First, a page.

Twenty-something Richard travels to Thailand and finds himself in possession of a strange map. Rumours state that it leads to a solitary beach paradise, a tropical bliss - excited and intrigued, he sets out to find it.
It's 1955. Frank and April Wheeler, in the seventh year of their marriage, have fallen into a life that appears to most as being perfect. They live in the Connecticut suburbs with two young children. Frank commutes to New York City where he works in an office job while April stays at home as a housewife. But they're not happy. April has forgone her dream of becoming an actress, and Frank hates his job - one where he places little effort - although he has never figured out what his passion in life is. One day, April suggests that they move to Paris - a city where Frank visited during the war and loved, but where April has never been - as a means to rejuvenate their life. April's plan: she would be the breadwinner, getting a lucrative secretarial job for one of the major international organizations, while Frank would have free time to find himself and whatever his passion. Initially skeptical, Frank ultimately agrees to April's plan. When circumstances change around the Wheelers, April ... Written by
Though it's never named in the film, in Richard Yates' source novel, the play April acts in (apparently badly) is Robert E. Sherwood's "The Petrified Forrest," written in 1935. In the play, the main female character, Gabby, dreams of leaving what she sees as a humdrum existence in the U.S. to move to France, just as April does. See more »
When Frank eats lunch with Maureen, the olive and the amount of liquid in Maureen's martini glass fluctuate throughout the scene. See more »
Eagerly Awaiting the DVD release (it's THAT good)!!!!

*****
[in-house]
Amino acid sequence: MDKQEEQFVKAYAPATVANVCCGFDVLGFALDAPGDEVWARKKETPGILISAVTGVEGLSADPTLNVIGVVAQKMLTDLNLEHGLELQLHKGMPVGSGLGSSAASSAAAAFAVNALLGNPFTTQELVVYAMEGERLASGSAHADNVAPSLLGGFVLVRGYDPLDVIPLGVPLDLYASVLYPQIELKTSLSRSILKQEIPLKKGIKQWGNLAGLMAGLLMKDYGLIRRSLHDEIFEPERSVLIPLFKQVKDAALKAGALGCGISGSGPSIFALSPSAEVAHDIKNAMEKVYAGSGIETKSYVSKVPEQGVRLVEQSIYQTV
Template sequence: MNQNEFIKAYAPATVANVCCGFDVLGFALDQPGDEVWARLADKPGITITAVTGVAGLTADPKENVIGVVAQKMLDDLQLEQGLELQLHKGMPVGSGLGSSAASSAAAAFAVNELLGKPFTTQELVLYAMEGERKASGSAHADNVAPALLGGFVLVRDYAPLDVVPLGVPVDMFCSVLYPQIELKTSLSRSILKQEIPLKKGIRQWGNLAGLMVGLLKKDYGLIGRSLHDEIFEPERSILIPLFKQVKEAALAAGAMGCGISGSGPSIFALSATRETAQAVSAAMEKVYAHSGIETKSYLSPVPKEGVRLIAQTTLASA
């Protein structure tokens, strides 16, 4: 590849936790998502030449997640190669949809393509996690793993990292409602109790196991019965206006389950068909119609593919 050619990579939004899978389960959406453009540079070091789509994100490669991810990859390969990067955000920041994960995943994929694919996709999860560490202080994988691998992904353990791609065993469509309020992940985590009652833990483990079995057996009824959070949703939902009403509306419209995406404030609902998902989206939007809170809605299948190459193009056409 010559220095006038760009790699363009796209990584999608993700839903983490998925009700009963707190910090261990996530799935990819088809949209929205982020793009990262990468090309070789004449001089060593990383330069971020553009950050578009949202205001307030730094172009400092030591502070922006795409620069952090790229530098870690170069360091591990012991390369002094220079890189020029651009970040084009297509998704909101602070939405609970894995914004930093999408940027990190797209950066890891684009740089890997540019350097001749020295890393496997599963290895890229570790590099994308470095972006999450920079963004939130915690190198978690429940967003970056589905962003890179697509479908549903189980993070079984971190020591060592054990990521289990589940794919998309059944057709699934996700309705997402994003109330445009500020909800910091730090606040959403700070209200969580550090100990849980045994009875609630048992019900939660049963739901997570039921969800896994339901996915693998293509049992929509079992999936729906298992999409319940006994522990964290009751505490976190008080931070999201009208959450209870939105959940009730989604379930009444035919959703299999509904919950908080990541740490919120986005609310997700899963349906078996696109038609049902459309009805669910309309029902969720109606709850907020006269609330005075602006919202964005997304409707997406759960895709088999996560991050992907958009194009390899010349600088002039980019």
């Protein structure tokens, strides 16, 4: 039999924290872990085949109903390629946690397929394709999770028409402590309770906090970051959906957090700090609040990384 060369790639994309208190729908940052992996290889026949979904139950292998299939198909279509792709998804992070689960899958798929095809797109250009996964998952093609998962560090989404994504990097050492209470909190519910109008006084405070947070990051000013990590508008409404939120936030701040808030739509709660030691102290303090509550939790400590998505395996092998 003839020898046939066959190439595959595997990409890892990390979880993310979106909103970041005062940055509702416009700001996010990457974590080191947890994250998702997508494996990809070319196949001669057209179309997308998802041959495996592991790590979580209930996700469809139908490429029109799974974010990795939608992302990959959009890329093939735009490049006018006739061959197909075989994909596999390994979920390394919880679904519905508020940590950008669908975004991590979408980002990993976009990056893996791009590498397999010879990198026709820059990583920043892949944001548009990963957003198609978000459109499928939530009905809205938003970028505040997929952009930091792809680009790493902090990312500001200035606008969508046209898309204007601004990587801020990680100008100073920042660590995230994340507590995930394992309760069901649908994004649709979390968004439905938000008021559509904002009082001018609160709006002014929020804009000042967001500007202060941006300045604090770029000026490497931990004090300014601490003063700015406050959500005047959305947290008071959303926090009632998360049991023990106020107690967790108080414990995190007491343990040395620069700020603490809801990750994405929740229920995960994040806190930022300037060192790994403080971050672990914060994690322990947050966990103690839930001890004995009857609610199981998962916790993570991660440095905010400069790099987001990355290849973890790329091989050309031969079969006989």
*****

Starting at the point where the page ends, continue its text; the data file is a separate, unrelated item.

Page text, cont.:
Just saw this movie. All I can say is: Wow! In this Richard Yates story portrayed through the lens of Mr. Mendes' camera, we enter the relationship of Frank and April Wheeler; a young married couple depicted brilliantly by DiCaprio and Winslet, who seem to be on the verge of marital and emotional collapse as their growing desperation and dissatisfaction with their town and their relationship leads them to think of an escape. There are some compelling, memorable, emotionally gripping scenes between DiCaprio and Winslet, which should interest acting students who wish to know what it means to be "in the moment". Additionally, there is the immensely talented Kathy Bates, whose humorous scenes balance out the heavily dramatic ones nicely and which are sure to leave a warm spot on your heart. Also adding humor to the movie is Michael Shannon as Bates' psychologically unstable son, who steals just about every scene he's in. There are moments where the dialogue can seem to feel cliché, but with everything else working so well, those moments can be forgiven. This is a film not to be missed. I've become a greater admirer of DiCaprio's acting ability as a result of this film, Winslet never disappoints, and Mendes adds another superb credit to his resume with this amazing film. December 26th. Save the date!!!
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